Film » Screens

Out of Africa

Nolllywood Babylon explores the little-known history of Nigerian cinema

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This documentary about Nigerian cinema, which now ranks behind only India and the U.S. in the number of films produced, is shot about as well as your average reality-TV show. But that doesn't diminish the movie. A look behind the scenes at the burgeoning Nigerian cinema scene that produces some 2,500 movies a year (most for under $10,000), it opens with footage of a man blessing a camera on the set of a low-budget movie. That's the first sign that Nigerian cinema is different. While it shares some of the D.I.Y. sensibilities of blaxploitation and has a connection to India's self-run Bollywood industry (hence the film's title), its content comes from a totally different perspective.

As one actress describes it, "It's Africans telling African stories." Another actor says it's "the answer to CNN." Clips of flicks such as Desperate Billionaire and 1992's Living in Bondage, the first legitimate Nollywood blockbuster, don't suggest the films are masterpieces by any stretch of the imagination. But they do reflect the fast-paced life in the chaotic Nigerian metropolis of Lagos, where half a million people come and go every day.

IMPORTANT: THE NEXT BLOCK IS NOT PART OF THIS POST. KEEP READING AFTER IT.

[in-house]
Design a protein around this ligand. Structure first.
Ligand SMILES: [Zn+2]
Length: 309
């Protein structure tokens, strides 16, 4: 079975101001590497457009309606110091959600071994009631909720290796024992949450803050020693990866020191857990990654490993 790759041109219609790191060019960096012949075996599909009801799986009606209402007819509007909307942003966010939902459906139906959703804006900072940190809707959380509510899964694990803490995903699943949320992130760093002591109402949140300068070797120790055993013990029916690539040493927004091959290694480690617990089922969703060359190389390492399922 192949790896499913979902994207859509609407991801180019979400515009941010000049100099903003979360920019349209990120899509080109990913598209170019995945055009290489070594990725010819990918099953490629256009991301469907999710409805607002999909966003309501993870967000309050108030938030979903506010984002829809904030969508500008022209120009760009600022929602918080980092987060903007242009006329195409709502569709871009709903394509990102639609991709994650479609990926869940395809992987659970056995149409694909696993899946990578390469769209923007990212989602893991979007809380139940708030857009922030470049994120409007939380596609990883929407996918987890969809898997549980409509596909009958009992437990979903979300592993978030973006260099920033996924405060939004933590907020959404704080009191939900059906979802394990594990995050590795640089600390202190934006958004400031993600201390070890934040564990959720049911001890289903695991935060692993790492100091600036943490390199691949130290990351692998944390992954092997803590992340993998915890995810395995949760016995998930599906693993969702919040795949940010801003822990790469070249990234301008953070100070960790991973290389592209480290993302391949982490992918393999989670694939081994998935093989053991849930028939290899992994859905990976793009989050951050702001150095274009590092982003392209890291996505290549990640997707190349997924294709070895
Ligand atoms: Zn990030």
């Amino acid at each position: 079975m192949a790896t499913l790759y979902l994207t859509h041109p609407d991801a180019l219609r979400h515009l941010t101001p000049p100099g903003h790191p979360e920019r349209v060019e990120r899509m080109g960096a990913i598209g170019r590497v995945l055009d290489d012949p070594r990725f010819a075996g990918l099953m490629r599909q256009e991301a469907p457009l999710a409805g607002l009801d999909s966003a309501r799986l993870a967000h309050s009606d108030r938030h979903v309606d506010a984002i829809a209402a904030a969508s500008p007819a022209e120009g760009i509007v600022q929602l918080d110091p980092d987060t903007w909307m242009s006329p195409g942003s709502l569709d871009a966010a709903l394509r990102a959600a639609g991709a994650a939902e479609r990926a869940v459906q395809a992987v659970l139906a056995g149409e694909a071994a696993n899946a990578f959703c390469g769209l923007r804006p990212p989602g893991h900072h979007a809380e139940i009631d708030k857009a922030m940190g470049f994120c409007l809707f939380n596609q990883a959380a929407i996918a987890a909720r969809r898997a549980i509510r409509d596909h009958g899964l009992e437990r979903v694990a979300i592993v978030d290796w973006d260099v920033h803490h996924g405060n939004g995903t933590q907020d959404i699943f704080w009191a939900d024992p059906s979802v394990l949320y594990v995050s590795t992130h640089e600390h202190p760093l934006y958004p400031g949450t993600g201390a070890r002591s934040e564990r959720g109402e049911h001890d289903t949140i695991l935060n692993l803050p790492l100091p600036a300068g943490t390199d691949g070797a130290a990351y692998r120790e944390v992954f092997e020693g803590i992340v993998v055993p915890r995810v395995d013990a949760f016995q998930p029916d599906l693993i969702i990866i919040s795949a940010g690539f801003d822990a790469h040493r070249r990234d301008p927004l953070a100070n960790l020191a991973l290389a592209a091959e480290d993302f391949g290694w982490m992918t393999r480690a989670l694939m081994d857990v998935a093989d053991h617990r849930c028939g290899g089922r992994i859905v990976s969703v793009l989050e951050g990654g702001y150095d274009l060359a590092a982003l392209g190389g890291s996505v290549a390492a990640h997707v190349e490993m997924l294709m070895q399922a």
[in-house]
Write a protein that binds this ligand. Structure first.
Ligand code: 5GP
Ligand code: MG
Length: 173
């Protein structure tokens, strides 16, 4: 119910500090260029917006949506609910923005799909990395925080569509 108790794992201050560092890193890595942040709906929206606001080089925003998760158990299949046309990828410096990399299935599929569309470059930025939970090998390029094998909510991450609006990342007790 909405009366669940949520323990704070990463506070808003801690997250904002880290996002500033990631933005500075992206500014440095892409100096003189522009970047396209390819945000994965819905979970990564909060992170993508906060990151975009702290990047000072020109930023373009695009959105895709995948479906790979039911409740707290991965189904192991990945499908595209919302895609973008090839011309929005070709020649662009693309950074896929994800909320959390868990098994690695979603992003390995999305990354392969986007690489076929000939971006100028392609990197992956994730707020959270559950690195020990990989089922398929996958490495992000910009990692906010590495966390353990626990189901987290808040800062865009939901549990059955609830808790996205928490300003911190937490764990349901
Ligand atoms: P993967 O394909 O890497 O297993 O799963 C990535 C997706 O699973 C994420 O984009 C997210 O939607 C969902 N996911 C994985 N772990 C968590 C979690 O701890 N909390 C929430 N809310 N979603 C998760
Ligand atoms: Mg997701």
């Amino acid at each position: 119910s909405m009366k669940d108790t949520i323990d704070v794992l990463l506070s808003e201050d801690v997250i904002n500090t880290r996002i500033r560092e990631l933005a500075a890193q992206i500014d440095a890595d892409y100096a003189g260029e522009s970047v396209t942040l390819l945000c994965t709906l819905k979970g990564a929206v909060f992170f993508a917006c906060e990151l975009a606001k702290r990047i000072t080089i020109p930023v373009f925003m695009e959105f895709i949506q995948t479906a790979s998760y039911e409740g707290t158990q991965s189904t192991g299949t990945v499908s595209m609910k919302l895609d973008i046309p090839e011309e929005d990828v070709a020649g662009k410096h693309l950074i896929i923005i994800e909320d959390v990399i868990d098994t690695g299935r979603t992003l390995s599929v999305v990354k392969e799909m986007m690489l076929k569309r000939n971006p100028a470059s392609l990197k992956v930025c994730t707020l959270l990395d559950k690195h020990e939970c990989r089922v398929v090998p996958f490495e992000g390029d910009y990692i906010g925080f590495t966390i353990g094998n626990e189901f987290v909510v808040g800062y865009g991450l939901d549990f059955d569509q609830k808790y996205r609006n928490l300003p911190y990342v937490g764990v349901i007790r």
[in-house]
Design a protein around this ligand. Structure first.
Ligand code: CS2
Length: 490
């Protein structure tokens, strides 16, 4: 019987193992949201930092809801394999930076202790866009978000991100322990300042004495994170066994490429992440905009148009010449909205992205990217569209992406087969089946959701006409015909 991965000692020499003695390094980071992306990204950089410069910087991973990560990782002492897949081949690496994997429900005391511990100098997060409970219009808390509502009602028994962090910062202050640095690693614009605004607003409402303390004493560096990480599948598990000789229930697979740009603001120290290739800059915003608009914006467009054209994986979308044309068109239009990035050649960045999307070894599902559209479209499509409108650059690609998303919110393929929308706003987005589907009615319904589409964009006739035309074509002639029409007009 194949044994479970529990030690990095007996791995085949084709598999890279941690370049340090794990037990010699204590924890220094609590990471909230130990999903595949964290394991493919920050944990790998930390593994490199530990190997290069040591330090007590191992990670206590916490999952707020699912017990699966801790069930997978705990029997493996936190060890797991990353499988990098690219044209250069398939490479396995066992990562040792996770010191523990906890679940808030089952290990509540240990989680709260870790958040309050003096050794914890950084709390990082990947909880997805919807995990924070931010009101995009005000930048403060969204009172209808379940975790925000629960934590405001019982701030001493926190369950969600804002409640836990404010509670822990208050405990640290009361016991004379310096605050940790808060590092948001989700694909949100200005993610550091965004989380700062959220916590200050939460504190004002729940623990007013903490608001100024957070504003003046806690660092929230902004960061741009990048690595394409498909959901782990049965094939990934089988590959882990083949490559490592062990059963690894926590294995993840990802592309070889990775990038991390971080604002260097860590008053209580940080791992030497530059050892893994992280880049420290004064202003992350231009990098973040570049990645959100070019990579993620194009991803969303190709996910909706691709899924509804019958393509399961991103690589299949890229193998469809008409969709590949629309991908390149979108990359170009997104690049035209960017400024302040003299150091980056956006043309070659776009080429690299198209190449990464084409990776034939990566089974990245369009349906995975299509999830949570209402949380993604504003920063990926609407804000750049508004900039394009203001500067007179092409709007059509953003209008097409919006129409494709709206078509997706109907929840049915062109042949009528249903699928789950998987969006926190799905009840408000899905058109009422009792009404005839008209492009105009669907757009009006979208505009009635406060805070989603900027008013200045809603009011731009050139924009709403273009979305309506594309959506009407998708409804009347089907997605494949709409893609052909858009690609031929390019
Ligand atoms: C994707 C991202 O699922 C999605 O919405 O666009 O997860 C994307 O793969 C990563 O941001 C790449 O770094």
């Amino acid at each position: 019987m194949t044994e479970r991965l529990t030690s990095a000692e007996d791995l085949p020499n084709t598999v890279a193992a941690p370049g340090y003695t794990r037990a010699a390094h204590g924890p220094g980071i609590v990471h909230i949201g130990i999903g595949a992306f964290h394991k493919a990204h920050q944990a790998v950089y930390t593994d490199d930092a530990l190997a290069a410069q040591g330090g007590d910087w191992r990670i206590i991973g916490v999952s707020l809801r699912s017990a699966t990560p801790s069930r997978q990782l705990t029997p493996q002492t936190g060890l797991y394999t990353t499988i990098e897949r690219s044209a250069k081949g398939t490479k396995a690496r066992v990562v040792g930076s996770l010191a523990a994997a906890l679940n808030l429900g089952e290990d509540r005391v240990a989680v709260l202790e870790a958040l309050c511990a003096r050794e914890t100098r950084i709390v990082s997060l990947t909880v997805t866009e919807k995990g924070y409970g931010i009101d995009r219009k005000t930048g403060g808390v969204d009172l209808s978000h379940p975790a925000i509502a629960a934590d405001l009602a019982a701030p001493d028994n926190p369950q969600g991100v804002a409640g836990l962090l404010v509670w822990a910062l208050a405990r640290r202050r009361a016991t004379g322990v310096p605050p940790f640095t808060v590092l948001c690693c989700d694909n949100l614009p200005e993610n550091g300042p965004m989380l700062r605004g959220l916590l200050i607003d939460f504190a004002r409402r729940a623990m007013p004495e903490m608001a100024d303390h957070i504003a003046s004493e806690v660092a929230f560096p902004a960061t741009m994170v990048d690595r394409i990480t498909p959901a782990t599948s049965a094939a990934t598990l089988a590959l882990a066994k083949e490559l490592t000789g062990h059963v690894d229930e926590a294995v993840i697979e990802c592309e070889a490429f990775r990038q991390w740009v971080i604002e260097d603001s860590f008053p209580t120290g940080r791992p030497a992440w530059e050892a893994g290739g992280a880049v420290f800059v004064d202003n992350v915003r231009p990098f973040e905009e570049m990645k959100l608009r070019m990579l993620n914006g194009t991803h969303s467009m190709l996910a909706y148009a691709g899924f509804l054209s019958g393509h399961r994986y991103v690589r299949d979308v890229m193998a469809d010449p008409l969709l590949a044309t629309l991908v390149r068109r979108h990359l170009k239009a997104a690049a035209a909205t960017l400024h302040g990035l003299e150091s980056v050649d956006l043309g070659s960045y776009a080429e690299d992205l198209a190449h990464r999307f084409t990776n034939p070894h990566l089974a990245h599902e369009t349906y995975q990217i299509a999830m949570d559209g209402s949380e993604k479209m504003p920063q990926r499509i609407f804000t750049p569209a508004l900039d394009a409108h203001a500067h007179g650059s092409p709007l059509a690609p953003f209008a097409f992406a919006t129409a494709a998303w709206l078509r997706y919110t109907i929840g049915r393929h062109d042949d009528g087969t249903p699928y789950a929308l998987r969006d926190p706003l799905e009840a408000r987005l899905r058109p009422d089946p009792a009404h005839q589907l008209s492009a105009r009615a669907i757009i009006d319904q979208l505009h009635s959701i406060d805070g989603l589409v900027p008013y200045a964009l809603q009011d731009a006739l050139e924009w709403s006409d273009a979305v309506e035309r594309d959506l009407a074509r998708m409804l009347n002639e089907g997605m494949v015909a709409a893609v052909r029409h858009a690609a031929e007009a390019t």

The film takes a turn midway, focusing on how evangelists have taken over the industry, using direct-to-DVD videos as a way to spread their message about Jesus. As a result, movies like Hellfire and The End of the Wicked exploit African interest in witches and voodoo to suggest that people need to abandon those practices. Cheesy special effects make bodies disappear in puffs of smoke, and evil spirits with white-painted faces appear out of nowhere. The clips aren't scary even by B-movie standards. While the filmmakers don't say so directly, they suggest that Christian fundamentalists have ruined the Nigerian film industry.

The behind-the-scenes material is great. We see shots from the sets (look closely and you'll see an extra wearing a LeBron James jersey) and auditions filmed in a meeting room at some crappy hotel. Directed, written and photographed by Ben Addelman and Samir Mallal, and produced by the National Film Board of Canada, the film covers a broad history in one fell swoop. You don't have to know anything about Nigerian cinema to get something from the movie.

jniesel@clevescene.com

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